Finding plenty of workers still challenging

Large demand for cold stores gradually declining

In recent months there was an acute shortage of cold storage. There’s still a large demand for cold stores, but now that the busiest supply period is over and more cold stores become operational, this will steadily decline in the coming weeks.

Most logistics service providers still have a lack of cold storage. A lot of companies still have to hire external cold stores to store all of the products under the correct conditions. The large demand for cold stores is partially thanks to the explosive growth of supply in and around Rotterdam, the Netherlands. Cooling capacity was added to the sector, but not everything was and is functional to handle this increase. The increase can be noticed across the fresh produce lines, but mostly products such as blueberries, avocados, sweet potatoes and pomegranates are increasingly supplied. Considering the expansion of the production area of these products, a continued increase is likely.

The peak period is from May to late August. In these months, the cold stores practically always need external cold store, but this year they had an actual acute shortage. Large volumes were stored elsewhere in all corners of the Netherlands. Because everyone was looking for additional cold store, it wasn’t easy to find available space. Because of the expected increase of import products, plenty of cold capacity will also be something to bear in mind in future. Now that the amount of square metres of cold store is rising, it’s expected that once all cold stores are operational, volumes will be easier to handle.

More hands needed
The logistics service providers primarily cool for foreign producers with a sales office in the Netherlands. Some players personally invest in cold store after a while, but being able to outsource the entire logistical process is still a major advantage for most companies. Cold stores personally organise the complete package more and more, from the handling of documents, transport and quality inspections to the ripening, packing and repacking of products.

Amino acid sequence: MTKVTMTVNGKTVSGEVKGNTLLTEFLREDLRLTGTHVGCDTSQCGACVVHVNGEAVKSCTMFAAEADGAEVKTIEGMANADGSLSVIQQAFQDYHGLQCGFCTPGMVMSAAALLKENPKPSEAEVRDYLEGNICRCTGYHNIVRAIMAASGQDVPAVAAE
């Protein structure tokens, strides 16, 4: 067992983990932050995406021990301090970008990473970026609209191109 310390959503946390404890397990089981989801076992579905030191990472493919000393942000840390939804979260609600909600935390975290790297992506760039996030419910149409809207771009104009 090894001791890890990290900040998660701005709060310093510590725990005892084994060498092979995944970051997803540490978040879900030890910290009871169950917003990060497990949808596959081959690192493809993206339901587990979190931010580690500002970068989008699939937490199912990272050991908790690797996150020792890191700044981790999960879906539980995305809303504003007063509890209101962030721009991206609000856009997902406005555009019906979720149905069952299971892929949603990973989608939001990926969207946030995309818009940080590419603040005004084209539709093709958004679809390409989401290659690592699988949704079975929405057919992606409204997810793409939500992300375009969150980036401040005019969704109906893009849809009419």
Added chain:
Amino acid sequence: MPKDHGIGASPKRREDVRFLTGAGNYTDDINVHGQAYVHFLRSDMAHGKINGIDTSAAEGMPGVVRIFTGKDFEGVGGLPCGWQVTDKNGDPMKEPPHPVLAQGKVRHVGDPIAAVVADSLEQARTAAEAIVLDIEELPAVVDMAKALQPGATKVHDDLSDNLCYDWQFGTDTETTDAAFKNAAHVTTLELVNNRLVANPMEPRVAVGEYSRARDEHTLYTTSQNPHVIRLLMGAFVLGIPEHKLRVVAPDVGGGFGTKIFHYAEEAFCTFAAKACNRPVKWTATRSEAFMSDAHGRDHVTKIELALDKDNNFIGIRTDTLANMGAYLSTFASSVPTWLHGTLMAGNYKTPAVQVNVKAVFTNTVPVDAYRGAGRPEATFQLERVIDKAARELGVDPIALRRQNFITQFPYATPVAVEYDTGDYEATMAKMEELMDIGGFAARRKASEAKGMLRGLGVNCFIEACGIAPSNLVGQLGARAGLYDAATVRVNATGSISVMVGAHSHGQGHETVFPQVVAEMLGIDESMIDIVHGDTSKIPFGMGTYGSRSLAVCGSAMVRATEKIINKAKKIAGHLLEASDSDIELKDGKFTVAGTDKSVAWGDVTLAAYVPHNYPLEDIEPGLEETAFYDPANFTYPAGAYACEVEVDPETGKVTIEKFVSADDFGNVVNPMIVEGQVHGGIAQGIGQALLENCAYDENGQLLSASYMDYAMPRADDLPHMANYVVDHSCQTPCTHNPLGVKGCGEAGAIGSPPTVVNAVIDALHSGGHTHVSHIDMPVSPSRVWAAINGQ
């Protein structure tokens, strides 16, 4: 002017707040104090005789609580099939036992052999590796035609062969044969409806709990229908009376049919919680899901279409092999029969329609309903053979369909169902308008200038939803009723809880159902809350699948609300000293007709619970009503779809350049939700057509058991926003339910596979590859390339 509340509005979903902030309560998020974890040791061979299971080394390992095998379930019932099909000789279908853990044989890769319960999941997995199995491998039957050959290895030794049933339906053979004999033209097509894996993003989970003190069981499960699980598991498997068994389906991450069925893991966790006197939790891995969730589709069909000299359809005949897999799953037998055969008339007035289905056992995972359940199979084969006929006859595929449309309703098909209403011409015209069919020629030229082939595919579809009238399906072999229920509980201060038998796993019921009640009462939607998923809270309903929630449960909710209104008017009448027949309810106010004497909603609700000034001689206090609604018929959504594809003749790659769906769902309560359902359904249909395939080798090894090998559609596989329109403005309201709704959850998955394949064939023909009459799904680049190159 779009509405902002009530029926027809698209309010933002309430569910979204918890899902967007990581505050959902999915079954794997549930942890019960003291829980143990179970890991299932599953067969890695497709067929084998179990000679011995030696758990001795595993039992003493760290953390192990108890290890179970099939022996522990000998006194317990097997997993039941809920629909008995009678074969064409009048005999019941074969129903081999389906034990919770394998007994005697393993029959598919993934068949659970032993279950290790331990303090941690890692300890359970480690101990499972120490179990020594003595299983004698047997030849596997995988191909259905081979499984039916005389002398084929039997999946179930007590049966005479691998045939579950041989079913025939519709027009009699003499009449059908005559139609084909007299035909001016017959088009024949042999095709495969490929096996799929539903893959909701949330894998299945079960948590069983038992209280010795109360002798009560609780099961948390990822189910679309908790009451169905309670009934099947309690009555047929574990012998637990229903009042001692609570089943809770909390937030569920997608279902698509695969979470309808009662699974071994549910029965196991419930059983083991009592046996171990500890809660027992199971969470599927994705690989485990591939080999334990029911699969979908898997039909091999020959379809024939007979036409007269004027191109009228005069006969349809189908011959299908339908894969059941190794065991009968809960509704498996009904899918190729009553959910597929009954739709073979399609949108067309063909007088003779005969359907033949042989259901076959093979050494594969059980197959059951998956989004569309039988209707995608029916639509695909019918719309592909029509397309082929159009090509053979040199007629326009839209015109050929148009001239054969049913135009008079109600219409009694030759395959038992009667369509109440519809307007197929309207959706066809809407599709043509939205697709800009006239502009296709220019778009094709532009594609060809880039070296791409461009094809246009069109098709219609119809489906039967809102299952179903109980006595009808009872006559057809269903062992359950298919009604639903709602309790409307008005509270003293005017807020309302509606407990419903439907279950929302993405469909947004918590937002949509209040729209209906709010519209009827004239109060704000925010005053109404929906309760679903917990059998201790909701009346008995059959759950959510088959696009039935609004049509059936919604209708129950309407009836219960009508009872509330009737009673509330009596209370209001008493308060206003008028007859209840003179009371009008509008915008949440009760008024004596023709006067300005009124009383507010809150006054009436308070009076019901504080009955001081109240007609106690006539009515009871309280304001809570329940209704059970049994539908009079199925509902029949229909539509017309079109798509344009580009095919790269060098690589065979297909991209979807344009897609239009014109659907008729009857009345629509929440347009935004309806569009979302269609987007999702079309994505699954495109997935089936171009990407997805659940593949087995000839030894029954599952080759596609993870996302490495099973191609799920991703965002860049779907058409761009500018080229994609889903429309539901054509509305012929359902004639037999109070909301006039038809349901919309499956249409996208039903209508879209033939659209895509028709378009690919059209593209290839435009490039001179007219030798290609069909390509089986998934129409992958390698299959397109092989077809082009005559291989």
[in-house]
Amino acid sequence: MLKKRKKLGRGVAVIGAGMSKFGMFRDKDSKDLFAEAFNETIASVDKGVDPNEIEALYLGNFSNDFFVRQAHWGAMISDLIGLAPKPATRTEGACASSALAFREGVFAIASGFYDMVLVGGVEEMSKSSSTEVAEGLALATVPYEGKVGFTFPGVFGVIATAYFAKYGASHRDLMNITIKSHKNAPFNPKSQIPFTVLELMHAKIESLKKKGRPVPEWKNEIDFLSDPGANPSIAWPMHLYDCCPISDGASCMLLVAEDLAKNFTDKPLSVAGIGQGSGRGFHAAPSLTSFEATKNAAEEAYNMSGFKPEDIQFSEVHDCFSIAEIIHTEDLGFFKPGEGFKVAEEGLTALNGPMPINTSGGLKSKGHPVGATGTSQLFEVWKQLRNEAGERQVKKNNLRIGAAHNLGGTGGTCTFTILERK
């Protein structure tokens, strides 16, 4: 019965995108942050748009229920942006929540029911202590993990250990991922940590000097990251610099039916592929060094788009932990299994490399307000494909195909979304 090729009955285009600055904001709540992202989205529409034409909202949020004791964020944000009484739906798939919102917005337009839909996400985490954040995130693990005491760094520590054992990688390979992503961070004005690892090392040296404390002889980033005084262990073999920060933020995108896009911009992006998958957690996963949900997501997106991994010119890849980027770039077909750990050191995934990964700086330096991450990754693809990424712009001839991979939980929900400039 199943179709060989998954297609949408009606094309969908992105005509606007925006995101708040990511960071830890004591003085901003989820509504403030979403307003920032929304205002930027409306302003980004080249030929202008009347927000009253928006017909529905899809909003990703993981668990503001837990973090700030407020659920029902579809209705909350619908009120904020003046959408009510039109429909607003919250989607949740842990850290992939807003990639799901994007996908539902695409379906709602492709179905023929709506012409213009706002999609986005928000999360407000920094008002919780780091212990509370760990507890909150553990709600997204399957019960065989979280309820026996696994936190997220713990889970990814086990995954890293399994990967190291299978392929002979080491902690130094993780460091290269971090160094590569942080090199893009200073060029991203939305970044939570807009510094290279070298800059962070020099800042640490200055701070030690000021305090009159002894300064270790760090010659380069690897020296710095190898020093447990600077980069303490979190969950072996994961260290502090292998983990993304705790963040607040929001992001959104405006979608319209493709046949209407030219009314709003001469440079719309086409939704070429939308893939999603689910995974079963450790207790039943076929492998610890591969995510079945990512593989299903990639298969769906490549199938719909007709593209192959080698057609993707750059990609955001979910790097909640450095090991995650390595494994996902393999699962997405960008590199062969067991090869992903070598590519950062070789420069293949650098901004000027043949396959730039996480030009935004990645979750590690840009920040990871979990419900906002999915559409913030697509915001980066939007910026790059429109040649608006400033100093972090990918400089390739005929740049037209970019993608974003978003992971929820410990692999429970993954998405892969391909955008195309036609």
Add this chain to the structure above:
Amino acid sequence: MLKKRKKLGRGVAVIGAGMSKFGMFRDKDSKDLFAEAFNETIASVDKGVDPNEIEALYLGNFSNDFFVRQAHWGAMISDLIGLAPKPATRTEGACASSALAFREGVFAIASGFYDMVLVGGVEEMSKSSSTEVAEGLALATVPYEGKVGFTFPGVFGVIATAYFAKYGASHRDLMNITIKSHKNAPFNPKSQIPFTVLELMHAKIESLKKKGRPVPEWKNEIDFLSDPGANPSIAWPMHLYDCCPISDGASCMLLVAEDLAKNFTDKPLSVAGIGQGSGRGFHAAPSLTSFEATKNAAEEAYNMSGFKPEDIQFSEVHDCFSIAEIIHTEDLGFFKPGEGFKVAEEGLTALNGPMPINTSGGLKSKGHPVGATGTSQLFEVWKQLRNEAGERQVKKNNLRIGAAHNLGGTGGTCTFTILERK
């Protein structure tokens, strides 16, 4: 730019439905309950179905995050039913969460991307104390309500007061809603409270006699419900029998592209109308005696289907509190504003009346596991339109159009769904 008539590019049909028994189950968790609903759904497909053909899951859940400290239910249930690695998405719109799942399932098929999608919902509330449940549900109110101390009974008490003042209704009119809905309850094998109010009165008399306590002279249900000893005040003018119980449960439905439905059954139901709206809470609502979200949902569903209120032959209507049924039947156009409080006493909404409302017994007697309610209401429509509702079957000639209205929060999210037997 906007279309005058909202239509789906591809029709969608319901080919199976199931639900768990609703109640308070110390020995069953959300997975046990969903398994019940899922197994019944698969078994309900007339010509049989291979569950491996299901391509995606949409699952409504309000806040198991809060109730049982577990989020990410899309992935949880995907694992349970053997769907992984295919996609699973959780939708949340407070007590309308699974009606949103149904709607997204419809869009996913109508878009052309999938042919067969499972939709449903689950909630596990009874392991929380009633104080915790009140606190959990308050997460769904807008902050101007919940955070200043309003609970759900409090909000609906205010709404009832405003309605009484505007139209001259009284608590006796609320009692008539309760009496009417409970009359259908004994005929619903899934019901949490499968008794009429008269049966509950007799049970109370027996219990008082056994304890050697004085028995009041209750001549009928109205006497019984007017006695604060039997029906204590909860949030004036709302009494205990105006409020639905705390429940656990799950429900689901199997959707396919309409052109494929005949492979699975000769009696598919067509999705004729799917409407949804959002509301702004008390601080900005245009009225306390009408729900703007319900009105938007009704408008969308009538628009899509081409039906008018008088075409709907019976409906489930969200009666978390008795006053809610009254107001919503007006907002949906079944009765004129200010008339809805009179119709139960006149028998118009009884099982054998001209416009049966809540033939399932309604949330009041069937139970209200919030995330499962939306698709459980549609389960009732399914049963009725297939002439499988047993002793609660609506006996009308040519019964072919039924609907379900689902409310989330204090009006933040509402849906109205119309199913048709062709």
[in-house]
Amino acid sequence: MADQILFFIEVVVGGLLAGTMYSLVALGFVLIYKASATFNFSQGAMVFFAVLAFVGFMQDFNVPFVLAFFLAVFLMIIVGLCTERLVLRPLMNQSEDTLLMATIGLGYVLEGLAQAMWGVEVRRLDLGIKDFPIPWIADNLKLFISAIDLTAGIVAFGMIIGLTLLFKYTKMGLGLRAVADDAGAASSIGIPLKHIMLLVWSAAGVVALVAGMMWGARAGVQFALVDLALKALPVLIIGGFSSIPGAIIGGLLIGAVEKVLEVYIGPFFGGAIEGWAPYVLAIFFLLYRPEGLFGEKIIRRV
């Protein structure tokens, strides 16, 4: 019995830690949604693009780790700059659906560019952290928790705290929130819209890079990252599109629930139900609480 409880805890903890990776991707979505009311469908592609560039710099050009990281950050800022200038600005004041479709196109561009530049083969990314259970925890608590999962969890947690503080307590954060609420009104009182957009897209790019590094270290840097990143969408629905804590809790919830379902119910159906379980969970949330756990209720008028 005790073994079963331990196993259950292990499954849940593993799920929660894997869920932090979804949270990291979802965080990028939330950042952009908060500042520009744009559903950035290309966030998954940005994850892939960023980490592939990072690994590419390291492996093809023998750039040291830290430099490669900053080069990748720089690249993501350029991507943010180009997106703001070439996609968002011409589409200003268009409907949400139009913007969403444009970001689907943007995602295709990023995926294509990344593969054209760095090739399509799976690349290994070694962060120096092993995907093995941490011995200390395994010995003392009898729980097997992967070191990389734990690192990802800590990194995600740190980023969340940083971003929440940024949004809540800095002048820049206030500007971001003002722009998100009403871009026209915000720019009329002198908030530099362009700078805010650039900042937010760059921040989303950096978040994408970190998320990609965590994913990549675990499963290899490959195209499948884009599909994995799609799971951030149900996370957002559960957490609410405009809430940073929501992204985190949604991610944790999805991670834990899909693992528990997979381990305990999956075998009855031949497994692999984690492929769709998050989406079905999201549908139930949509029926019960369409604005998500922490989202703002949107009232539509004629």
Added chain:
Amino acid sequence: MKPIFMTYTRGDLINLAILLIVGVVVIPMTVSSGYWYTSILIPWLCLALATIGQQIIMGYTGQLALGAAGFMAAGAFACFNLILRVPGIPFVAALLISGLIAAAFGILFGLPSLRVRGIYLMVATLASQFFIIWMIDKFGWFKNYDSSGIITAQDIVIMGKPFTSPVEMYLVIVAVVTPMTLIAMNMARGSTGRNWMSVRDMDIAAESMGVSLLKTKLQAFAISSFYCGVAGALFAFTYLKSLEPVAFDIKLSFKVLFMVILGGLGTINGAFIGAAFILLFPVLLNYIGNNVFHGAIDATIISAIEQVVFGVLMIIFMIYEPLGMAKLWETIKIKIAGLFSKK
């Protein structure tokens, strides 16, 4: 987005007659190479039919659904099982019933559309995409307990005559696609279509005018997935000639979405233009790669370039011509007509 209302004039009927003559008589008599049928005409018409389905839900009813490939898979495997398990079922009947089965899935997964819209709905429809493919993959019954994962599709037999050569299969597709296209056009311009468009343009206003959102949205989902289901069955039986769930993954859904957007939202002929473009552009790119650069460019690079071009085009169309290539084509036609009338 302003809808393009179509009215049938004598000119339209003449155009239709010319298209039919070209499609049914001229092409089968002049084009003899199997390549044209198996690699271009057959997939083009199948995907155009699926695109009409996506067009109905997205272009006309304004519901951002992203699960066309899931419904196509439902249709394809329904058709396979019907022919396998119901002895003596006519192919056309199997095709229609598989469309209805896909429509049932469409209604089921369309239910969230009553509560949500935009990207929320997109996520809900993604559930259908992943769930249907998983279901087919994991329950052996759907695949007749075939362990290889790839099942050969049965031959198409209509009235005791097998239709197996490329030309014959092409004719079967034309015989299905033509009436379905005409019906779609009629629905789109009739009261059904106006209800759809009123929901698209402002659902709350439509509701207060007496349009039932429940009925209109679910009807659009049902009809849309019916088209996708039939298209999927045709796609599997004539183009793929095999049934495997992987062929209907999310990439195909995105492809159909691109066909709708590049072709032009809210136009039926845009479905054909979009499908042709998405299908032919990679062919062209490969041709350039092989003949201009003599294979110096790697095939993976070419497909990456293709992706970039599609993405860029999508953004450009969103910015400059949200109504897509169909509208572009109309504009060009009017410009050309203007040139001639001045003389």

Just refrigerating is no longer enough. Providing service throughout the entire process has become a must. These are additional services that make the work interesting to them. However, finding plenty of suitable workers is still a major challenge. There’s plenty of work, but not always enough hands. Training staff has also become more important to guarantee quality in all of the links of the supply chain. In future, cold stores will critically have to assess what they can all handle. It’s interesting to move along with the current volumes, but they do have to be able to organise it.

Maximum cooling capacity with minimal space
Coolpoint is a newcomer in the cooling sector, a sister company of Citrozone, which is specialised in the global trade of citrus, grapes and kiwi fruit. Manager Ahmed Abdelhady says they currently don’t have a shortage of cold store. “The high season is from May to late July, when the Mediterranean season and the South African season meet.” He mentions that just cooling is no longer enough. That’s why the company can take care of the entire provision of services, including container handling in the port, quality inspections upon arrival, cold store, packaging, labelling and so on. Besides, Coolpoint offers the option of renting office space. The cold store has four cooling cells with each their own temperature at their disposal. The total cooling capacity of Coolpoint amounts to 1,200 pallets.

“Our warehouse is completely new and was built especially to utilise the available space as optimally as possible. Our plan was to realise the maximum possible storage capacity on as small a surface as possible. That’s why we chose a mobile rack system with storage racks up to 14 metres, so that we can store pallets on four levels. This way, our CO2 emissions are lower as well.” When asked if changes regarding products or customers are noticeable, Ahmed replies that he’s dealing with foreign suppliers who want to start their own company in the Netherlands to follow up on their fruit more often. “That way, they can be in control of the entire process from production to final customer in Europe, which is to the benefit of the product.”

More information:

Ahmed Abdelhady 

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